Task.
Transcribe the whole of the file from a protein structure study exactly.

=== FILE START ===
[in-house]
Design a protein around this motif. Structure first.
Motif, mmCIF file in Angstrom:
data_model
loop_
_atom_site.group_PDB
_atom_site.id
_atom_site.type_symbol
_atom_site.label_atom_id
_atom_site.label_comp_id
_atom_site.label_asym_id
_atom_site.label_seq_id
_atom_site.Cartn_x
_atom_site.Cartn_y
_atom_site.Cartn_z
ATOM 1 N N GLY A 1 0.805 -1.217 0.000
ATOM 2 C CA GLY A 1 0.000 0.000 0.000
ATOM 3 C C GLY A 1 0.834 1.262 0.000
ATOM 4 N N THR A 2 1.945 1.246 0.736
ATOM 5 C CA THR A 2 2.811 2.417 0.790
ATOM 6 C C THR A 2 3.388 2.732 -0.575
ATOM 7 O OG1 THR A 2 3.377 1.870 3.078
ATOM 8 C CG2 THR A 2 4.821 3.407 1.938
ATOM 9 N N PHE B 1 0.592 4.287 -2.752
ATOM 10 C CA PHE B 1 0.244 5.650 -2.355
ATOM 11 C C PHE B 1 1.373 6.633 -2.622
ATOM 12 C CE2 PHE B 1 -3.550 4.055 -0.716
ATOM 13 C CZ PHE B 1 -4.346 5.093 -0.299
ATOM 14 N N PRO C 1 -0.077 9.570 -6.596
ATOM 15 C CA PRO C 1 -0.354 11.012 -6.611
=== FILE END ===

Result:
[in-house]
Design a protein around this motif. Structure first.
Motif, mmCIF file in Angstrom:
data_model
loop_
_atom_site.group_PDB
_atom_site.id
_atom_site.type_symbol
_atom_site.label_atom_id
_atom_site.label_comp_id
_atom_site.label_asym_id
_atom_site.label_seq_id
_atom_site.Cartn_x
_atom_site.Cartn_y
_atom_site.Cartn_z
ATOM 1 N N GLY A 1 0.805 -1.217 0.000
ATOM 2 C CA GLY A 1 0.000 0.000 0.000
ATOM 3 C C GLY A 1 0.834 1.262 0.000
ATOM 4 N N THR A 2 1.945 1.246 0.736
ATOM 5 C CA THR A 2 2.811 2.417 0.790
ATOM 6 C C THR A 2 3.388 2.732 -0.575
ATOM 7 O OG1 THR A 2 3.377 1.870 3.078
ATOM 8 C CG2 THR A 2 4.821 3.407 1.938
ATOM 9 N N PHE B 1 0.592 4.287 -2.752
ATOM 10 C CA PHE B 1 0.244 5.650 -2.355
ATOM 11 C C PHE B 1 1.373 6.633 -2.622
ATOM 12 C CE2 PHE B 1 -3.550 4.055 -0.716
ATOM 13 C CZ PHE B 1 -4.346 5.093 -0.299
ATOM 14 N N PRO C 1 -0.077 9.570 -6.596
ATOM 15 C CA PRO C 1 -0.354 11.012 -6.611